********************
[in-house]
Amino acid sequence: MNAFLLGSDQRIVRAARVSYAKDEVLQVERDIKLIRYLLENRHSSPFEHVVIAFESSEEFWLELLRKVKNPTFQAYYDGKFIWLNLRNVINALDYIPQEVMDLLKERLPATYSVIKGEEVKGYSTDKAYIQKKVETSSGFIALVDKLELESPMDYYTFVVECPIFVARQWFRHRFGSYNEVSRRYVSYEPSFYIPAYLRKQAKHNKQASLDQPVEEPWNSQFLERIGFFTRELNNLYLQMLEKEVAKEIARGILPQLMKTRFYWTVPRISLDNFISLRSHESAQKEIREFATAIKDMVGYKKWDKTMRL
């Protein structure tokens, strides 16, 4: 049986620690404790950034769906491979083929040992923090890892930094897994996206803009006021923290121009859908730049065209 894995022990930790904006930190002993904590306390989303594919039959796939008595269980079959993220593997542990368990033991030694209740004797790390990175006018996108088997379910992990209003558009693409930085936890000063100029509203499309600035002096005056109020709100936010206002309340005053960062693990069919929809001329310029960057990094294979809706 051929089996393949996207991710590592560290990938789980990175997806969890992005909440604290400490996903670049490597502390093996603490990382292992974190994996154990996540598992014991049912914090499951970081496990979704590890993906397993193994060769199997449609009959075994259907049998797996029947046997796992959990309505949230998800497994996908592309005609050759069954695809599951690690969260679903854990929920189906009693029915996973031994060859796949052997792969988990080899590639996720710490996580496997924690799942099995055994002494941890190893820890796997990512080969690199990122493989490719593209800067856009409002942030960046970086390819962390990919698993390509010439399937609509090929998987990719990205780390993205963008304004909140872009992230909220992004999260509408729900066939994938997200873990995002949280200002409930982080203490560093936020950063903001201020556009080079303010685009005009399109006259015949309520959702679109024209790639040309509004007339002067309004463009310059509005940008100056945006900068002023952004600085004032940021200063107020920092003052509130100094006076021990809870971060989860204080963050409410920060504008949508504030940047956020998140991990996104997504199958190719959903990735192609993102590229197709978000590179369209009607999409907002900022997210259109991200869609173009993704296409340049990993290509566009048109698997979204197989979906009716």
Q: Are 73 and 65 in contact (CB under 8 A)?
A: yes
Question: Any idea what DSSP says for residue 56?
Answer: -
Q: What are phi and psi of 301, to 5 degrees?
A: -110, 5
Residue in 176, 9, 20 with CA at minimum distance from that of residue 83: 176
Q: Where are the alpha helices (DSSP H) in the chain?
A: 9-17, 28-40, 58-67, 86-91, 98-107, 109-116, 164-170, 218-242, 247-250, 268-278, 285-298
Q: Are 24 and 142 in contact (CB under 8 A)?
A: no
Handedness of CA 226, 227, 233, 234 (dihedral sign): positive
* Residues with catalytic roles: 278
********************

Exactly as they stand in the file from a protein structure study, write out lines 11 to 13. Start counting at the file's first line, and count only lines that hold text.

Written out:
Q: Where are the alpha helices (DSSP H) in the chain?
A: 9-17, 28-40, 58-67, 86-91, 98-107, 109-116, 164-170, 218-242, 247-250, 268-278, 285-298
Q: Are 24 and 142 in contact (CB under 8 A)?